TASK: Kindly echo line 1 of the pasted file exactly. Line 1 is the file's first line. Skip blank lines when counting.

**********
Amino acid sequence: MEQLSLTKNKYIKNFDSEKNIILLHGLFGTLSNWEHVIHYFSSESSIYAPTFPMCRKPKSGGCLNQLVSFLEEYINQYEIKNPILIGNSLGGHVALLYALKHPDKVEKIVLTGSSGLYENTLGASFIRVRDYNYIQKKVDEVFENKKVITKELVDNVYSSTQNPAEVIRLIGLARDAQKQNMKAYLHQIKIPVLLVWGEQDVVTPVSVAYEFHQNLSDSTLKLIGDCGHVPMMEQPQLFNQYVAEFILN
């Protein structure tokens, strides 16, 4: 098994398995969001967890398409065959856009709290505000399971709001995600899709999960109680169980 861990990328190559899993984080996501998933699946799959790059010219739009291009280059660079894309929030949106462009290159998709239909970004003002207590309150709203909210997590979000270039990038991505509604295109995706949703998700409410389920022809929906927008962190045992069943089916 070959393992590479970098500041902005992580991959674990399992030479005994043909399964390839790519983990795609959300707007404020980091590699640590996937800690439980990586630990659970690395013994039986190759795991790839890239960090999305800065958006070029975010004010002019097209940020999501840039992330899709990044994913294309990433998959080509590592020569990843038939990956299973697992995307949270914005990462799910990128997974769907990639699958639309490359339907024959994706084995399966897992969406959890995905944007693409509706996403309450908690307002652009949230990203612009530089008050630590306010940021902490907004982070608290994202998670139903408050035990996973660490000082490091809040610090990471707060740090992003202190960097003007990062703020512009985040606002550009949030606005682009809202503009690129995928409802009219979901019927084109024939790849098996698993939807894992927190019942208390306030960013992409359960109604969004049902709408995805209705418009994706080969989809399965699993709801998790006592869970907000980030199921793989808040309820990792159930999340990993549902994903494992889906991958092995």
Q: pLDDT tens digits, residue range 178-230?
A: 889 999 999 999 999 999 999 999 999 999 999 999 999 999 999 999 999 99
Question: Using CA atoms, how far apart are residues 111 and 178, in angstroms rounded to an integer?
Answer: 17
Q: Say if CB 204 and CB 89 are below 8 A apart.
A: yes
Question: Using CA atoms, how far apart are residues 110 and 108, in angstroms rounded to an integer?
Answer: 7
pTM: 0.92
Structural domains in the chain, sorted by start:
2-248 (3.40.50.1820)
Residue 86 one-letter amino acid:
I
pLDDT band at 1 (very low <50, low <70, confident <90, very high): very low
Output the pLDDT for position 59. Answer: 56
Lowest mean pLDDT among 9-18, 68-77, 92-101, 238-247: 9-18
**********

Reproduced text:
Amino acid sequence: MEQLSLTKNKYIKNFDSEKNIILLHGLFGTLSNWEHVIHYFSSESSIYAPTFPMCRKPKSGGCLNQLVSFLEEYINQYEIKNPILIGNSLGGHVALLYALKHPDKVEKIVLTGSSGLYENTLGASFIRVRDYNYIQKKVDEVFENKKVITKELVDNVYSSTQNPAEVIRLIGLARDAQKQNMKAYLHQIKIPVLLVWGEQDVVTPVSVAYEFHQNLSDSTLKLIGDCGHVPMMEQPQLFNQYVAEFILN